To answer a simple question you may have: “can I use VB with panda?”. The answer is no. Please take second look at the wiki page.

The ultimate kit, with its sensors and the internet of things ebook, is still the most value you could have for the price you paid but it will not run VB…that is unless GHI decided to port 4.2 to panda/usbizi…which is undecided as the wiki says.

Just read the Wiki and I think I have a better understanding. Thanks!

I guess I am going to make the jump to C#. Maybe it’s about time I did thatanyway. :slight_smile: Ultimate kit should arrive today and I still think this is all cool stuff. I got it for a good price so it is a good value.

Typically, embedded programmers strictly use C so C# is an automatic switch to them over VB. I know seeing semicolons and curly brackets everywhere can be annoying if you are not used to them but you will quickly start seeing the value of having them.

And once you are ready to write your first RLP drivers, you will be glad you know C (if you know C# then you know C) :slight_smile:

@ dchapma1 - I can understand the concern moving from VB.NET to C#. But as someone who does this everyday, where all our company code is in VB.NET and everything I do for prototyping and personal development is done with C# I can tell you that you have very little to fear.

I am sure you are well aware that this is not the difference between VB and C/C++, yes there are certain capabilities that one language has that the other does not (that cuts both ways) and that gap is narrowing rapidly with each new release of the languages as well*. For the most part it is purely syntax differences. And having got to know this community over the last few months, I am sure that if you find syntax issue that you cannot address in C# they will be more than willing to provide assistance, I know I will.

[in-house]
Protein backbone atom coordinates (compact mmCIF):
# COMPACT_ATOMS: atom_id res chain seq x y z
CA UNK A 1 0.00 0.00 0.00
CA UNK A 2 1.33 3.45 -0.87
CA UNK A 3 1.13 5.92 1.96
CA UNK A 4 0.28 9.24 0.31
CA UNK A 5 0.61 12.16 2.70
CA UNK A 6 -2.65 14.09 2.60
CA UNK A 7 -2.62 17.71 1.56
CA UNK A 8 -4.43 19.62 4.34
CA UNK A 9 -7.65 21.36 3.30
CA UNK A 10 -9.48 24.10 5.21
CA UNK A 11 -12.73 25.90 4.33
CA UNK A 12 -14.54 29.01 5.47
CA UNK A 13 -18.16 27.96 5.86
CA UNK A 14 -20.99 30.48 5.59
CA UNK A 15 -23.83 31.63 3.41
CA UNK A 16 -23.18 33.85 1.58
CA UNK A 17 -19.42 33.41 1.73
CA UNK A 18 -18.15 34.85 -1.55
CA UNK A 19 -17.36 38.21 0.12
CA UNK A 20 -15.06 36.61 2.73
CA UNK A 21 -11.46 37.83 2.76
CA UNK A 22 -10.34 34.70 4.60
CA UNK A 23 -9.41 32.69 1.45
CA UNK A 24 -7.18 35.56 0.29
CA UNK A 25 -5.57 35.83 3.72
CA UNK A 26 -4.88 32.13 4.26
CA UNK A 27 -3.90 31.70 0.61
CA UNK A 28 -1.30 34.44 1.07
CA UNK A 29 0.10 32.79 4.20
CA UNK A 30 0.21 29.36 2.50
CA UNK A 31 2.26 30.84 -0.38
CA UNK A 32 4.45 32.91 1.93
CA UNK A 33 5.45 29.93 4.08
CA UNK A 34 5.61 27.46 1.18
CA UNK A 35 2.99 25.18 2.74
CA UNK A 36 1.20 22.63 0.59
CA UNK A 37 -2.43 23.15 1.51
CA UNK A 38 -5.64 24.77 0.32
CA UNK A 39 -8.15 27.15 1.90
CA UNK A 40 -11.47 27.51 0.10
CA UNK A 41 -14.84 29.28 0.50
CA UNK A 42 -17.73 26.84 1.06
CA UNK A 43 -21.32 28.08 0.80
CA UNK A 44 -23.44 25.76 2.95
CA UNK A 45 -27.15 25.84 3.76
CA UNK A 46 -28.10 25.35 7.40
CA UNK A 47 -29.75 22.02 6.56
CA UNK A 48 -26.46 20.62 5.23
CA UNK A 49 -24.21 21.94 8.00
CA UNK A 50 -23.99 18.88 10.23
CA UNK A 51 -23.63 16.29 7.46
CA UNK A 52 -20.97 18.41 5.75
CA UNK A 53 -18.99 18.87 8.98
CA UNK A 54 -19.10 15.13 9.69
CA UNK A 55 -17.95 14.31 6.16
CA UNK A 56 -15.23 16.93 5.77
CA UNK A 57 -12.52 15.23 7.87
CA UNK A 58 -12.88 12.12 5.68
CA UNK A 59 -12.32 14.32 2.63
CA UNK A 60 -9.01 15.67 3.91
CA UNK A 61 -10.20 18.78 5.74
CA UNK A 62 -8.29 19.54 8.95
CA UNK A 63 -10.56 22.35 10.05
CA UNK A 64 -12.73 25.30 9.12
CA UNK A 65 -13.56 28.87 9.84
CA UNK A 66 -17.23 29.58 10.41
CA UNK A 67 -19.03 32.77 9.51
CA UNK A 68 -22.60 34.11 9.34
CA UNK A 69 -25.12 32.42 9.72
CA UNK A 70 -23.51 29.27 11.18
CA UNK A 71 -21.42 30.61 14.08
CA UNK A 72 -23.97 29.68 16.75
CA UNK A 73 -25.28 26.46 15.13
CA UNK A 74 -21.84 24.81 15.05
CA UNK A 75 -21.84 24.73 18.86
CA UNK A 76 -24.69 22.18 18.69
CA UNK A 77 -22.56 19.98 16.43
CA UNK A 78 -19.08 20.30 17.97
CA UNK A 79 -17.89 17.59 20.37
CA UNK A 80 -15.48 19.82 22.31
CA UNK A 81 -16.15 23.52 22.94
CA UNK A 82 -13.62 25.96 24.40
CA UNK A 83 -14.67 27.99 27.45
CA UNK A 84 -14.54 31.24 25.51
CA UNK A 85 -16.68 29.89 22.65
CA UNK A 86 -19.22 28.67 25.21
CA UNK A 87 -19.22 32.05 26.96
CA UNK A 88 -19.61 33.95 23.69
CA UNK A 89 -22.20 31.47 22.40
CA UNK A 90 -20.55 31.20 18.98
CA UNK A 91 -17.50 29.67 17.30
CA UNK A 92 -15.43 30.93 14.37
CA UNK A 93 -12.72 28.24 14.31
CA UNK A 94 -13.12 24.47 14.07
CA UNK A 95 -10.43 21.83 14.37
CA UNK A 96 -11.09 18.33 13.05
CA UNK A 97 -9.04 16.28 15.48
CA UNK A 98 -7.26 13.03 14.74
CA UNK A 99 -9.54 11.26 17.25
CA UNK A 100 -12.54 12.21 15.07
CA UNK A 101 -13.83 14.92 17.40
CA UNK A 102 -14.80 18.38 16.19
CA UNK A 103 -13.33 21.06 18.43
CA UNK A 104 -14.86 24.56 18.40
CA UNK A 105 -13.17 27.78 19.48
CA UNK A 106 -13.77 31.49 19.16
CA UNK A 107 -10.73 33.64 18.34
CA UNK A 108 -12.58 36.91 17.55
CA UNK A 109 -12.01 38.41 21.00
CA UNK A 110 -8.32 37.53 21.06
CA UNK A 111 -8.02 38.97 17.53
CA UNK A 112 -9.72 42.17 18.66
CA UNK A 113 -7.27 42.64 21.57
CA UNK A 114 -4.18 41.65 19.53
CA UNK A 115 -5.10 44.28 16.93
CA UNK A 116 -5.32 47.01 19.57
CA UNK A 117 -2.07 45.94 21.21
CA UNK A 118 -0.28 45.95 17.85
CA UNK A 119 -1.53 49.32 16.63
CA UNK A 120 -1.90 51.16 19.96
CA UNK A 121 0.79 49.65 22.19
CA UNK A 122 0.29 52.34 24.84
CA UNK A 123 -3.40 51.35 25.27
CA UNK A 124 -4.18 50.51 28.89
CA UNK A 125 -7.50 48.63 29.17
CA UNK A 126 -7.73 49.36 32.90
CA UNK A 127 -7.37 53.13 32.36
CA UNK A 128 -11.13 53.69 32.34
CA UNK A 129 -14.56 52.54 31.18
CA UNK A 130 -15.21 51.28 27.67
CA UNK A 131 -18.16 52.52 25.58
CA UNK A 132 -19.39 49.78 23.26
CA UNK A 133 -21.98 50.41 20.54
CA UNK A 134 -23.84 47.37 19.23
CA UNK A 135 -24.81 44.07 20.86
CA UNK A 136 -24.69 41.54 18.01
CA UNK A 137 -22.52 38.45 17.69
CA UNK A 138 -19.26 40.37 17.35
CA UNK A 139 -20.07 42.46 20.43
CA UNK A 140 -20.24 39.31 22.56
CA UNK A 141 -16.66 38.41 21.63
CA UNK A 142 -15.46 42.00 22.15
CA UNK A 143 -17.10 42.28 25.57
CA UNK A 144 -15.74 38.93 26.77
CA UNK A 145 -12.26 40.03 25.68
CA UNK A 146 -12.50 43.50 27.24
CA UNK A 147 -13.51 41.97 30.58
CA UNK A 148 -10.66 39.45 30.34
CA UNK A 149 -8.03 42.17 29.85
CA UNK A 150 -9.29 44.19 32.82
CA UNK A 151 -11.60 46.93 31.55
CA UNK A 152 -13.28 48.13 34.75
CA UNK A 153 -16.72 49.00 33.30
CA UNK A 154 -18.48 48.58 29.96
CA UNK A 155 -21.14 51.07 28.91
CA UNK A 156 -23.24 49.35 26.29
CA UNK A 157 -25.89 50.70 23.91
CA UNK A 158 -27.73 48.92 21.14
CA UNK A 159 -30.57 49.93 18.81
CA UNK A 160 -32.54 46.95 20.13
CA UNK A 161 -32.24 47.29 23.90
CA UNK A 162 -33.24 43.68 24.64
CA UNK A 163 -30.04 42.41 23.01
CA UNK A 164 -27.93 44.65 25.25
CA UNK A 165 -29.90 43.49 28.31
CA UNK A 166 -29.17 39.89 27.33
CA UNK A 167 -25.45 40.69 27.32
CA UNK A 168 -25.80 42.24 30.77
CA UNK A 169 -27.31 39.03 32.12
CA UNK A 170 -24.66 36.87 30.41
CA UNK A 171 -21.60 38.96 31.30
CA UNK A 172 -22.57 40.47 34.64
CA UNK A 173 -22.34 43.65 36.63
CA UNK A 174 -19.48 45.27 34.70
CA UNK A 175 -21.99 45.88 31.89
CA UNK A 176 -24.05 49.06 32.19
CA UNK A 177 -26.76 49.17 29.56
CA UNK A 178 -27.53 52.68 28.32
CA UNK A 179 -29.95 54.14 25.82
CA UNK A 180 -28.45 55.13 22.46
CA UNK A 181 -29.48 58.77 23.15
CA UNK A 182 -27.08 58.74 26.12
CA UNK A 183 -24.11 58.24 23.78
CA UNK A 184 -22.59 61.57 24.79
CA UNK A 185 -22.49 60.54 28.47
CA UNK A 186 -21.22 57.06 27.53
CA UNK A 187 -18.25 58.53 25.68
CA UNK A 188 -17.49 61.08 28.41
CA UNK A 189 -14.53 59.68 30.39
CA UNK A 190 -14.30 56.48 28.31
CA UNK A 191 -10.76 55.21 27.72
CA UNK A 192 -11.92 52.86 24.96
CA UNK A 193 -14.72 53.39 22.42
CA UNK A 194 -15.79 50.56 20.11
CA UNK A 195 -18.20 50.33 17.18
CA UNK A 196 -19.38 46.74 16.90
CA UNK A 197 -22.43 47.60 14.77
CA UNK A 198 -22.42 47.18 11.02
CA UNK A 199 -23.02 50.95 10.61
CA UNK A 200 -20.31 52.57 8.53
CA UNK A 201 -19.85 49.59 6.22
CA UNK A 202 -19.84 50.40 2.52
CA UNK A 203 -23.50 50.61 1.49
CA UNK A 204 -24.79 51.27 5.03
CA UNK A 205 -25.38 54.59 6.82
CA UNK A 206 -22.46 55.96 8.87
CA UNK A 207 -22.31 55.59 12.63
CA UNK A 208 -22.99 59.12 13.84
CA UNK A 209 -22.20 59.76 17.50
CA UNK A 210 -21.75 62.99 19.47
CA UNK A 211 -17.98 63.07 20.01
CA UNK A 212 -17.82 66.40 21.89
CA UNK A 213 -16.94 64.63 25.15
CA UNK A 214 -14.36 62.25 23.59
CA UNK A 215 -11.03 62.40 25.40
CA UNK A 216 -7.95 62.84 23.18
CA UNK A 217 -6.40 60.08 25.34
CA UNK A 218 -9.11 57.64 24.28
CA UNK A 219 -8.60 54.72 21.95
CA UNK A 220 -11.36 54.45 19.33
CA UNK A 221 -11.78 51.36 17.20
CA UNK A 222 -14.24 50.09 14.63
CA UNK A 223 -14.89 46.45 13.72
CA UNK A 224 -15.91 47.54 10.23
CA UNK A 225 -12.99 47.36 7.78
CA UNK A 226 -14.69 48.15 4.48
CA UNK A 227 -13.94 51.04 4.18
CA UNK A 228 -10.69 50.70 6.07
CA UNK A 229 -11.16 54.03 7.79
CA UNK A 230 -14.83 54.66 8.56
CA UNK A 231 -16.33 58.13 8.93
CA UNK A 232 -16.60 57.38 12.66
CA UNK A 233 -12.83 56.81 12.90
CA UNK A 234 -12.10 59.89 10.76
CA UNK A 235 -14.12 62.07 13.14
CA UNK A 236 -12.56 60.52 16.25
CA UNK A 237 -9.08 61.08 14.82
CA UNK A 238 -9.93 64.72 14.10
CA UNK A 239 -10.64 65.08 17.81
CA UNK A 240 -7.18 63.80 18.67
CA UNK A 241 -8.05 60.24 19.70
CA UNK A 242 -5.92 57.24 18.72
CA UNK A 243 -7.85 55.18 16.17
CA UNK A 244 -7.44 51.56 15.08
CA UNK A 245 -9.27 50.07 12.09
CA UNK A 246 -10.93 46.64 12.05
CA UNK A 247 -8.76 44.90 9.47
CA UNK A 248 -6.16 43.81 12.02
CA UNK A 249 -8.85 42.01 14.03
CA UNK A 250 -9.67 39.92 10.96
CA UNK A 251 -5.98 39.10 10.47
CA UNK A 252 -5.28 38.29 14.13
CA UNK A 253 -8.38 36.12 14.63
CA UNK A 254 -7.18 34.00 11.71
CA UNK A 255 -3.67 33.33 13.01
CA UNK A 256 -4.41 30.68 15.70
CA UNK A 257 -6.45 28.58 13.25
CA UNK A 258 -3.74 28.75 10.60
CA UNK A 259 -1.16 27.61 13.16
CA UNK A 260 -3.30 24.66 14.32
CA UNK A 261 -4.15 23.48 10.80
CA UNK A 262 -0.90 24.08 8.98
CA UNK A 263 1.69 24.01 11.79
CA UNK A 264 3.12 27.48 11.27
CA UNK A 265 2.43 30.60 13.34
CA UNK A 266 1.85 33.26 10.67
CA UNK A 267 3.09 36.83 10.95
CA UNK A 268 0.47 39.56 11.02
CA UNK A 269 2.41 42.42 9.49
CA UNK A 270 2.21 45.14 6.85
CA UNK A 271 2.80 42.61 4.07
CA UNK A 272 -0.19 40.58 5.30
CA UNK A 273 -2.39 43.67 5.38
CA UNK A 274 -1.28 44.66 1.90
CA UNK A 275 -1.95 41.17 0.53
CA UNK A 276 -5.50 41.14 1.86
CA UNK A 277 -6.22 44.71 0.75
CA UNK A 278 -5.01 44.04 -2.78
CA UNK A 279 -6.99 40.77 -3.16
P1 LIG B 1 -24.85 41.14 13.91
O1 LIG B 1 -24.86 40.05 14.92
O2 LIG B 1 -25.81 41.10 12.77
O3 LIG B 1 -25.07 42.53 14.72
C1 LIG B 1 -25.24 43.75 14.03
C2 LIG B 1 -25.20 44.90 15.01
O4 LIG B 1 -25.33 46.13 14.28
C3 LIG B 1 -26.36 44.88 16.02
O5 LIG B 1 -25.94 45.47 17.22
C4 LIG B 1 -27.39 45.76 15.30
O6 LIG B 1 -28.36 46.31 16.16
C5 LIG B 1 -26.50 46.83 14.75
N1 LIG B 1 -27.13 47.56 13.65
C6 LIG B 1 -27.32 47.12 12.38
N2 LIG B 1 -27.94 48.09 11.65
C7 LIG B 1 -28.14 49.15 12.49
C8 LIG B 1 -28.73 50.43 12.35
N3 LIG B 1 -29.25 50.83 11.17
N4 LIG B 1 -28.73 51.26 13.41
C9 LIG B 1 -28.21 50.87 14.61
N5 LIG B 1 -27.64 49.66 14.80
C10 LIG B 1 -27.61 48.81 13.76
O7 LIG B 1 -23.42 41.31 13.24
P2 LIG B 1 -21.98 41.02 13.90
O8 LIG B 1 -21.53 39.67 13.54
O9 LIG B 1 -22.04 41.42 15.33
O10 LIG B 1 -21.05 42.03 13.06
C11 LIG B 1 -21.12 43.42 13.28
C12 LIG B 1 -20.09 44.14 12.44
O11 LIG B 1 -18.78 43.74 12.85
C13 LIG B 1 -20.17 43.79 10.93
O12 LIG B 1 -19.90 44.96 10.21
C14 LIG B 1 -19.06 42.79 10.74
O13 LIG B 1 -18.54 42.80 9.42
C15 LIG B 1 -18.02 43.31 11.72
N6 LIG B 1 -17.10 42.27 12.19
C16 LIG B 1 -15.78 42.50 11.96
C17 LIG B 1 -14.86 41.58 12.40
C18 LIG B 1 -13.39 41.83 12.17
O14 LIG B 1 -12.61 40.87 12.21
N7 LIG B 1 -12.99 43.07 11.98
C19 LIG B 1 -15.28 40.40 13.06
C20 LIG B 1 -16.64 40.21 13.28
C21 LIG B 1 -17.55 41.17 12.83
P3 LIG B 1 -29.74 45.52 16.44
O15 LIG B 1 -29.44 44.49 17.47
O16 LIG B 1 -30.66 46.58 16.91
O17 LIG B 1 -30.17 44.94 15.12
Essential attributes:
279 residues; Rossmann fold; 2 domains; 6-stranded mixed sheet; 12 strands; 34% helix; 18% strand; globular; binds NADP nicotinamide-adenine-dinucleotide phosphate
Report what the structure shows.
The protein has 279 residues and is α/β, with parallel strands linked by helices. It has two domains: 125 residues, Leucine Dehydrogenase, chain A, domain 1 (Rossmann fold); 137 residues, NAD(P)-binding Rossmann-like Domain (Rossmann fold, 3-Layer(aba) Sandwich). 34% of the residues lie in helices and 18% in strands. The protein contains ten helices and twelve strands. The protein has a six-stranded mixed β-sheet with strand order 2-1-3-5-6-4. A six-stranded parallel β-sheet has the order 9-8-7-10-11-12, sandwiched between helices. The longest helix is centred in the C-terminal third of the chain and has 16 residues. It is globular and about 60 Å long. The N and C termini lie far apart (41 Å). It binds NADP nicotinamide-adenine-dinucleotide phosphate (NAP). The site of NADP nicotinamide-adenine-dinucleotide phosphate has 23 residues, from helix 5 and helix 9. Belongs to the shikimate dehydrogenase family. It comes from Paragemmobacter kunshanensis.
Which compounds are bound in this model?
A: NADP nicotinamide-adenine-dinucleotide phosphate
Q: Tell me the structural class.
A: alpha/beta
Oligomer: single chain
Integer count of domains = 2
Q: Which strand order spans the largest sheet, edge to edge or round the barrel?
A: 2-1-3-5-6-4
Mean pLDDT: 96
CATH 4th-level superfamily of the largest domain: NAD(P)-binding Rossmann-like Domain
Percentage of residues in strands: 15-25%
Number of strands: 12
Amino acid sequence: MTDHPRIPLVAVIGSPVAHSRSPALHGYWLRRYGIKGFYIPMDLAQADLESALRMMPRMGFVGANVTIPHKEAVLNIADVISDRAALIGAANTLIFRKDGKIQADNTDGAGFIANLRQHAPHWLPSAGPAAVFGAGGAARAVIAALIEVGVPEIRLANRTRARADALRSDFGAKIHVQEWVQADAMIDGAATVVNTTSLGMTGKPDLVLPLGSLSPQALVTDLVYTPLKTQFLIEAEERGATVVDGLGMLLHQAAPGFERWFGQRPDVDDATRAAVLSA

I am not trying to convince you to move to C#, I just hope to make you feel less concerned and know that all is not lost if you do find that you have to use C#.

*Microsoft now has a policy to keep C# and VB.NET in sync. Reference: http://www.microsoftpdc.com/2009/FT11

@ Gus - thanks for the clarification. I guess I made a large assumption based on the recent sale of ultimate kits. My most humble apology…

BTW - we have some very happy new ultimate kit owners locally. I spent last night unboxing/explaining the kit with a couple of them. Much fun was had sharing FEZ enthusiasm.

Not sure I agree on that one, Gus.

Transitioning from one C-like language to another is absolutely going to be easier than transitioning from Visual Basic to a C-like language, but there are some pretty substantial differences between C and C# to say that if you know one, you know the other. :slight_smile:

Well Ultimate Kit arrived in the mail today all in a nice little box! Cool.

As for C# - I can read and understand all of it - it’s just that the syntax doesn’t come off the top of my head like it does in VB.Net but I’ll make do. I’ll be going through the Getting Started exercises over the next week or so - and I’m not afraid to ask questions.

Thanks for all the feedback!

@ dchapma1 - I used vb a lot in the dark ages and resisted c# for quite awhile as I didn’t like squiggly braces and semi colons…after being forced to change to c# for a project about 8 years ago I haven’t touched vb since and would never go back :slight_smile:

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Is there a platform other then Gadgeteer, but then again I’m highly biased as I think Gadgeteer is simply brilliant and the perfect balance between hardware and software.